“Prime Suspect” (9 p.m. Sept. 22, NBC; 3 stars), an adaptation of the British series that made Helen Mirren an international star, will hit its stride as soon as it forgets its ancestor. “Charlie’s Angels” (7 p.m. Sept. 22, ABC; 1 star) is as absurd as the original 1976-81 series that launched the careers of Jaclyn Smith, Kate Jackson and Farrah Fawcett (and her hair).
In the season premiere of this unsentimental drama, Jane battles the boys in the homicide division to be put in charge of her own case.
In the original series, Tennison broke ground as the first woman DCI, so it made sense she would face sexist co-workers. I’m sure sexism still exists in the NYPD, but the “beef trust” (as the male officers call themselves) that butts heads with Timoney seems even more Neanderthalish and sexist than anyone Tennison ever encountered.
Thankfully, writers Peter Berg and Alexandra Cunningham tone down the sexism and we learn that these guys aren’t against women so much as they are against Timoney. She once had a relationship with a high-level officer, and her co-workers believe she slept her way into their division.
Timoney, it turns out, is as good—even better—than any one of them. She proves it from the start. Still, that doesn’t convince one fellow officer played by the always-engaging Brian F. O'Byrne. His Det. Reg Duffy, obviously haunted by his own demons, challenges Timoney in a menacing exchange that promises great things.
Bello’s new show will never fill the gumshoes of the original, partly because network TV audiences demand their cops solve crimes quickly, not over several episodes like the original did. I prefer the longer plotlines, but the new show quickly establishes its detective characters as fascinating individuals to watch.
Thanks to the rock solid performances of Bello, O'Byrne and co-stars that include Kirk Acevedo, Kenny Johnson and Chicago homeboys Tim Griffin and Aidan Quinn, “Prime Suspect” rises above the formula network procedurals that focus more on forensics than good, old-fashioned grunt detective work.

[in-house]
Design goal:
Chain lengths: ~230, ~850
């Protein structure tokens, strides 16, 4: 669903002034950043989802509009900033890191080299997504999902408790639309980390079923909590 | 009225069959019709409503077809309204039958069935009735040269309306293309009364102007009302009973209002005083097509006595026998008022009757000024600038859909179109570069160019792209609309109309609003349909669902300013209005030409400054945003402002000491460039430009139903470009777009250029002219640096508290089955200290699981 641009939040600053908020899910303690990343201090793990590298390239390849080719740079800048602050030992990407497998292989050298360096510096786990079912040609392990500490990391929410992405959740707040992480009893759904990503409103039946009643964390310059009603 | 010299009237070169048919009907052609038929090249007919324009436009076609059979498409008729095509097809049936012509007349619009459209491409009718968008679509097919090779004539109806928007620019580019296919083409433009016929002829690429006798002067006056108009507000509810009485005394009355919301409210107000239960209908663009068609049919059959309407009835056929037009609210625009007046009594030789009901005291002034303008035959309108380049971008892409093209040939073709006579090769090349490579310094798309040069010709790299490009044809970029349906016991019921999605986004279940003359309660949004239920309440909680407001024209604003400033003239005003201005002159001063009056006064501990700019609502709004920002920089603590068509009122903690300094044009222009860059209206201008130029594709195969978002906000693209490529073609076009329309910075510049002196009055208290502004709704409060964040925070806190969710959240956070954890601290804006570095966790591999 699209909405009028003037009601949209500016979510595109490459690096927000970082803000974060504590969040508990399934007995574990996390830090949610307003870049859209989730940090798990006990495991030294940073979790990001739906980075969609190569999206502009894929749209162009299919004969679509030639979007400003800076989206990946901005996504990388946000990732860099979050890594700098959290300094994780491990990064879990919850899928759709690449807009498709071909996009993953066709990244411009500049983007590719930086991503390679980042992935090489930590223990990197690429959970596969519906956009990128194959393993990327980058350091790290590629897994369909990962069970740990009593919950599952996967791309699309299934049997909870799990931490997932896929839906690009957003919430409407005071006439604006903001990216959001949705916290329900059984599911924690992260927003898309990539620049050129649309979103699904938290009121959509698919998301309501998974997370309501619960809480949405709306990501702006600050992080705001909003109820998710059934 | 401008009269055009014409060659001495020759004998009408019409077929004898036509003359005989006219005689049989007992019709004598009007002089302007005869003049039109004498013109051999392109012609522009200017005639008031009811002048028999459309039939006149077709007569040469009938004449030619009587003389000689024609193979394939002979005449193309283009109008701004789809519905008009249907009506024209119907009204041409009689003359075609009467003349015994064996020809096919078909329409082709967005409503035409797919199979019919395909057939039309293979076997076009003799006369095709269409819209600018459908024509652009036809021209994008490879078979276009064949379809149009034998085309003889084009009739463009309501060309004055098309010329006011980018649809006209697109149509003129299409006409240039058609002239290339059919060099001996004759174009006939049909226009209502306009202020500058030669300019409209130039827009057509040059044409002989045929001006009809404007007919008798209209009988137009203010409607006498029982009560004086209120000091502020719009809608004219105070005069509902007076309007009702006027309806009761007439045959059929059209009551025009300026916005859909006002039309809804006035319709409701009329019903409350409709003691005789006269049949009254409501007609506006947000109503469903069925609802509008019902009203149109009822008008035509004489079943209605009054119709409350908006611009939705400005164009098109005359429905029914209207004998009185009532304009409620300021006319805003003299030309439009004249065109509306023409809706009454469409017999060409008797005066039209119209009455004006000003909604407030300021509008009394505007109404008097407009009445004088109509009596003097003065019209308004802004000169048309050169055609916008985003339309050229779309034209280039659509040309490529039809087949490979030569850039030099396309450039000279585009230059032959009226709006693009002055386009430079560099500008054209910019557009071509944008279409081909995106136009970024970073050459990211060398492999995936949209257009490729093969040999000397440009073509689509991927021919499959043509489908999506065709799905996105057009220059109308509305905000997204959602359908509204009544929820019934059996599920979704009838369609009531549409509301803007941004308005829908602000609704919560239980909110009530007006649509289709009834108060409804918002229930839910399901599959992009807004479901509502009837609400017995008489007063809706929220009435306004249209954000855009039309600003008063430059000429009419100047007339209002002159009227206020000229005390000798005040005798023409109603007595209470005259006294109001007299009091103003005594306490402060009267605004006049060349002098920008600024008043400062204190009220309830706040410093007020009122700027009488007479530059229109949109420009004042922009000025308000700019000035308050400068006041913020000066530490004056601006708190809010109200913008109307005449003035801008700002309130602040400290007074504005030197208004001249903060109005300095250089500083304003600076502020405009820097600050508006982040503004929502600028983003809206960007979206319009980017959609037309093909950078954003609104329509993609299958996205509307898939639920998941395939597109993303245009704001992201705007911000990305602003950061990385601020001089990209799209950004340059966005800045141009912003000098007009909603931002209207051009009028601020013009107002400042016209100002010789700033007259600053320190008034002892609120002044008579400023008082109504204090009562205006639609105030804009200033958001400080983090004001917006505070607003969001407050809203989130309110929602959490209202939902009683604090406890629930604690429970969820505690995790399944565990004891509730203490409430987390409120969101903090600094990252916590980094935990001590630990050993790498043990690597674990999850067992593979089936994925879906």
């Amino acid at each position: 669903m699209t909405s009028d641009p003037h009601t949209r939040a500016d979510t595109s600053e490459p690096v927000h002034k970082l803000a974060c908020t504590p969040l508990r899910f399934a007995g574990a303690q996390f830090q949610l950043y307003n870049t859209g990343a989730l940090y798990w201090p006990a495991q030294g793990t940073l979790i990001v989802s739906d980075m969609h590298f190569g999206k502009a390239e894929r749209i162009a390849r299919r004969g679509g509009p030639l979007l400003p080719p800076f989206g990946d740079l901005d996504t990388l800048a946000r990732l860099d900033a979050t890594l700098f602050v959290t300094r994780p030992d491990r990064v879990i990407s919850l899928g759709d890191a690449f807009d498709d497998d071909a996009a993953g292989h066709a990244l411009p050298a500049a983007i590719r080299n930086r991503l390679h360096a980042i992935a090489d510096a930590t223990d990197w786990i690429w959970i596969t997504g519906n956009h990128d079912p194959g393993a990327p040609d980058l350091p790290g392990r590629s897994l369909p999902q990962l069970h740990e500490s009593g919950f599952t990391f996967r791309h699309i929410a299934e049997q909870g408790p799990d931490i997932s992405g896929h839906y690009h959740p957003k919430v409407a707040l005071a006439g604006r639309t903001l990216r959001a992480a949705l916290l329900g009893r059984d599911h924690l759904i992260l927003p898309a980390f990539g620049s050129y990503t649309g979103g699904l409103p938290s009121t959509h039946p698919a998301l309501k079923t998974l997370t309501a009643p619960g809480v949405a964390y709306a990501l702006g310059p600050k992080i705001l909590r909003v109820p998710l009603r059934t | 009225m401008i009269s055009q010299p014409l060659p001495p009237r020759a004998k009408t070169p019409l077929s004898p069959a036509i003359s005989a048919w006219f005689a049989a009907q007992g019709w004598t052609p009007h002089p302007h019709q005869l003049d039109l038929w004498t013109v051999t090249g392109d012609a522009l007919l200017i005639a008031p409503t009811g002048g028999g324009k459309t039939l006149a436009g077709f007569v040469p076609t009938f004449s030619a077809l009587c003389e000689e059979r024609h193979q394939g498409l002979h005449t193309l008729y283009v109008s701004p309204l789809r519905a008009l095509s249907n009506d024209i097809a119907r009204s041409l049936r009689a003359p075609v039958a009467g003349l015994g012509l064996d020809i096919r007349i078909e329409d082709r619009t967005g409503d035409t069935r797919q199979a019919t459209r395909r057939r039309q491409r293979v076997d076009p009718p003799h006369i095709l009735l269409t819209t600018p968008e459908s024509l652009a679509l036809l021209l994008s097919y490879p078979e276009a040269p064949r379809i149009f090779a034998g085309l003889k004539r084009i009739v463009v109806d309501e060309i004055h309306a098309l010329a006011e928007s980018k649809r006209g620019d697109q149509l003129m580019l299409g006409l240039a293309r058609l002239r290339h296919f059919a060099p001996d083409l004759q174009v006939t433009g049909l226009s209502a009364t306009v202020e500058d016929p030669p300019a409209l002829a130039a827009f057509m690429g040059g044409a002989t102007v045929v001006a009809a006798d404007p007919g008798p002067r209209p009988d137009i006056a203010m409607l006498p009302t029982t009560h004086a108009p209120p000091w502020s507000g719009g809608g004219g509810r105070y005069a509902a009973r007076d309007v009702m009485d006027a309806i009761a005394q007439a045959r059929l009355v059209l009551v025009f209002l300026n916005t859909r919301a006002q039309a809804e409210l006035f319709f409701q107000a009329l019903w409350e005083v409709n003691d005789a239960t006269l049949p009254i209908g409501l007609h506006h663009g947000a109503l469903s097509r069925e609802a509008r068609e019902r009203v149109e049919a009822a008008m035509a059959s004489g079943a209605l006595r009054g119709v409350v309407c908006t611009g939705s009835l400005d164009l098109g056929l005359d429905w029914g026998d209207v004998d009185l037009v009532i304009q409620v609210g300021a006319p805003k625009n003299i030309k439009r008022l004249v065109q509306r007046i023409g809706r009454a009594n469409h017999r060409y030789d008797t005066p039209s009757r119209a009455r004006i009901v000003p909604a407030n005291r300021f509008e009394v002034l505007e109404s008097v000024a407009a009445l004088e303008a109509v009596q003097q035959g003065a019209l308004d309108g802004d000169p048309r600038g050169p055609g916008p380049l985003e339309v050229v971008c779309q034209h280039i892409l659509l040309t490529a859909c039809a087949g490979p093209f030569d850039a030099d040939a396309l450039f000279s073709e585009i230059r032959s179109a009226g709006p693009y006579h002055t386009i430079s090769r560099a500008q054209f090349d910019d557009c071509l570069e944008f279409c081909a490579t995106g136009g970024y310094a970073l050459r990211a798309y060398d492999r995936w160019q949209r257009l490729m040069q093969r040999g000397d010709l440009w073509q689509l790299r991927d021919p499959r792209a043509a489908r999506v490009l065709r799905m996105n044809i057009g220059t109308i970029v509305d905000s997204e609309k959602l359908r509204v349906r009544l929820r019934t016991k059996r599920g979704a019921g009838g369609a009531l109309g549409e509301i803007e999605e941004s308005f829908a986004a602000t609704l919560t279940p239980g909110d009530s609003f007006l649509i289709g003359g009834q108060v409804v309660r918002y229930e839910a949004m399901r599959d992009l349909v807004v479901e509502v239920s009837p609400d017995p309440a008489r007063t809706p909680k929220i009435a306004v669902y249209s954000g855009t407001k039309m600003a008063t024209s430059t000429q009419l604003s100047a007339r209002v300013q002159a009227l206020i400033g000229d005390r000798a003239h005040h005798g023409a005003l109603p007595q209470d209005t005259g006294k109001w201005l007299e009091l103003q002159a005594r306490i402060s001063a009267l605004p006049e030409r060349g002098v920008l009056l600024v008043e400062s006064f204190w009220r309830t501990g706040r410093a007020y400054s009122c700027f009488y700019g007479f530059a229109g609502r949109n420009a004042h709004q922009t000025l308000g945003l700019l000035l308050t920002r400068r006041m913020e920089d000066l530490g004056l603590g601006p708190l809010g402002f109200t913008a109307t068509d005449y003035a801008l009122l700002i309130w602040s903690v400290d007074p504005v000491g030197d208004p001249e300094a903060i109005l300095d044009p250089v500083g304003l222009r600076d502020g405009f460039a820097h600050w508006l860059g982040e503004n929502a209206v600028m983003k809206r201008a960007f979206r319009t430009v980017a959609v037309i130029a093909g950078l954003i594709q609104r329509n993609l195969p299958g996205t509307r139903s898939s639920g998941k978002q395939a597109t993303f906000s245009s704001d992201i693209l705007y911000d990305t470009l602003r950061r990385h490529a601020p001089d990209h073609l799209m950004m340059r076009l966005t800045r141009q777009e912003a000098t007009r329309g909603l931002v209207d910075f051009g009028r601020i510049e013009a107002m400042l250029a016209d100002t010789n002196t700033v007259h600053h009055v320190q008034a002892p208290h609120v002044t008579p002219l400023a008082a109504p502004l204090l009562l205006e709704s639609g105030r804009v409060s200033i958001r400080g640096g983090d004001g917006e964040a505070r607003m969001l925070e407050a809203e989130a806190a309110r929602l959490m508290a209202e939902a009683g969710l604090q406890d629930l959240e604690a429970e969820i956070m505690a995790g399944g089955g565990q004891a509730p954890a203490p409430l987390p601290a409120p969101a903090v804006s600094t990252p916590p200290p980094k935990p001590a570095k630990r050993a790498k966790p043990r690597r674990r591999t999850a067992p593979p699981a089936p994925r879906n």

In that sense, “Suspect” reminds me more of classic cop dramas such as “Kojak” and “NYPD Blue” than the show that inspired it.
“Charlie’s Angels,” on the other hand, feels exactly like the original—despite what ABC and creators Alfred Gough and Miles Millar have said about it having a “modern twist.”
Three young women (they were called “little girls” in the original, so there!) are brought together by a faceless voice named Charlie to work at his private detective agency. Abby the thief (Rachael Taylor), Kate the blackballed cop (Annie Ilonzeh) and Eve the street racer (Minka Kelly), this time with a hunky Bosley (Ramon Rodriguez), break rules and blow stuff up to make Miami a safer place.
And they wear fabulous clothes—or just swim trunks in Bosley’s cast (not complaining)—while doing it. There’s nothing wrong with escapist fun, but I like at least some brains in the mix.
“Angels” was a hit 35 years ago because viewers obviously didn’t mind idiotic dialogue and illogical plots. Oh, and it also worked because so few action shows had women as leads. Things have changed since then, though. From “Xena” to “Alias” to most of Angelina Jolie’s films, women kick butt on a regular basis.
So why a new “Charlie’s Angels”? Three … hot … chicks.